We were two days out of Beaufort, North Carolina and some three hundred miles south and east of Cape Hatteras, rollicking along on a wild, lumpy sea on the fringes of a nor’easter that was pausing, not passing as predicted. Despite the low-slung storm clouds that framed the northwestern sky, the wind, waves, and boat were all moving towards the same tropical latitudes, so we weren’t concerned with the growing gale — only thankful for the ride and the simple perfection of a self-steering wind vane. We had exhausted our stock of recreational diversions the first day out, so our crew had resorted to bawdy pranks with hot dogs and the Polaroid camera. Pity the poor crew member who slept in the salon.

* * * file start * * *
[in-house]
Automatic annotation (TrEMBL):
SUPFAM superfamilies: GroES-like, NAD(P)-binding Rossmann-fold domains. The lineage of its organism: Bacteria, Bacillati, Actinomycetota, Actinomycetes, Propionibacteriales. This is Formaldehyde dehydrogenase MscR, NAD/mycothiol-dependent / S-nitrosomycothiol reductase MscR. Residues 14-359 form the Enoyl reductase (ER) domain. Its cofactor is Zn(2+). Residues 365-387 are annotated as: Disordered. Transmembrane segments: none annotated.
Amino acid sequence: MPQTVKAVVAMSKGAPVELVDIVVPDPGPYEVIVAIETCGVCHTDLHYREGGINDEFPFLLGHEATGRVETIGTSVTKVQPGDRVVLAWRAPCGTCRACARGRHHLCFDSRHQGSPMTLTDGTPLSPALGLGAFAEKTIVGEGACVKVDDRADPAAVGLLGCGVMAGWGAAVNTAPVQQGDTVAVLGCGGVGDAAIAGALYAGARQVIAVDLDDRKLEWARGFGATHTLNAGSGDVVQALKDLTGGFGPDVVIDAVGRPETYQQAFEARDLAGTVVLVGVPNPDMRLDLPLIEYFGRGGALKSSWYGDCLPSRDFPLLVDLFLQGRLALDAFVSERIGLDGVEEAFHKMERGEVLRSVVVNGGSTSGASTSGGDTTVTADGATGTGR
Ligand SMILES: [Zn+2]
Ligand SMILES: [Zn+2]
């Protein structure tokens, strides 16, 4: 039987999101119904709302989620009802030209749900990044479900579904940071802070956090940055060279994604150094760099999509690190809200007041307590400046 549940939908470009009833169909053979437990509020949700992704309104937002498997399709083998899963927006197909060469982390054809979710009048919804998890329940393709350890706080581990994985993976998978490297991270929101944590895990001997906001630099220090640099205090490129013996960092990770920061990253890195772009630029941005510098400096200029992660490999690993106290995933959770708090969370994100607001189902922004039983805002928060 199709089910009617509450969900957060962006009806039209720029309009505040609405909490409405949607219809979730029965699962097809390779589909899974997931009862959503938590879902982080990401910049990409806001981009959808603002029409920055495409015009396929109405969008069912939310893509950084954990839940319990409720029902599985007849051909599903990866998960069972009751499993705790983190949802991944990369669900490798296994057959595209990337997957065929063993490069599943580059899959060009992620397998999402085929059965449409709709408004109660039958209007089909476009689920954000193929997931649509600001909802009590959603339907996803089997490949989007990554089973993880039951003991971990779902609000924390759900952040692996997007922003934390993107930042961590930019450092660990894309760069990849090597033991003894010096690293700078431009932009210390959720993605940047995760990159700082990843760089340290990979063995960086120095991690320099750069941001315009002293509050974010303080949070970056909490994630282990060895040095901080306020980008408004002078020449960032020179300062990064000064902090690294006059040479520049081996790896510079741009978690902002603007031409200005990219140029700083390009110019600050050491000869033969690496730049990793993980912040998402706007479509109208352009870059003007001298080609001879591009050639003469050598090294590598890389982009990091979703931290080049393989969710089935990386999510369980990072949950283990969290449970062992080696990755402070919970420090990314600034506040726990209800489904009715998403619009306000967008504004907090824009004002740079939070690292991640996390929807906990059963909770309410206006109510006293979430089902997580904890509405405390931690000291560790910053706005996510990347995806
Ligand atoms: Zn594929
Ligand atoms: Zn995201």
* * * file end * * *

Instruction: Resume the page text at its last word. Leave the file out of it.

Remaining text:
During his morning watch, our captain had extracted a cheap boom box from behind the settee beside the quarter berth, so when I came on duty at noon I had the cockpit, rain, and radio all to myself. I was hoping for an AM station out of Nassau or Cuba, but what I landed instead was just as foreign — at least by some standards. Almost three hundred miles out to sea, where neither bird nor freighter had been sighted for days, I swerved into the Rush Limbaugh Show and another journey into broadcast excellence.
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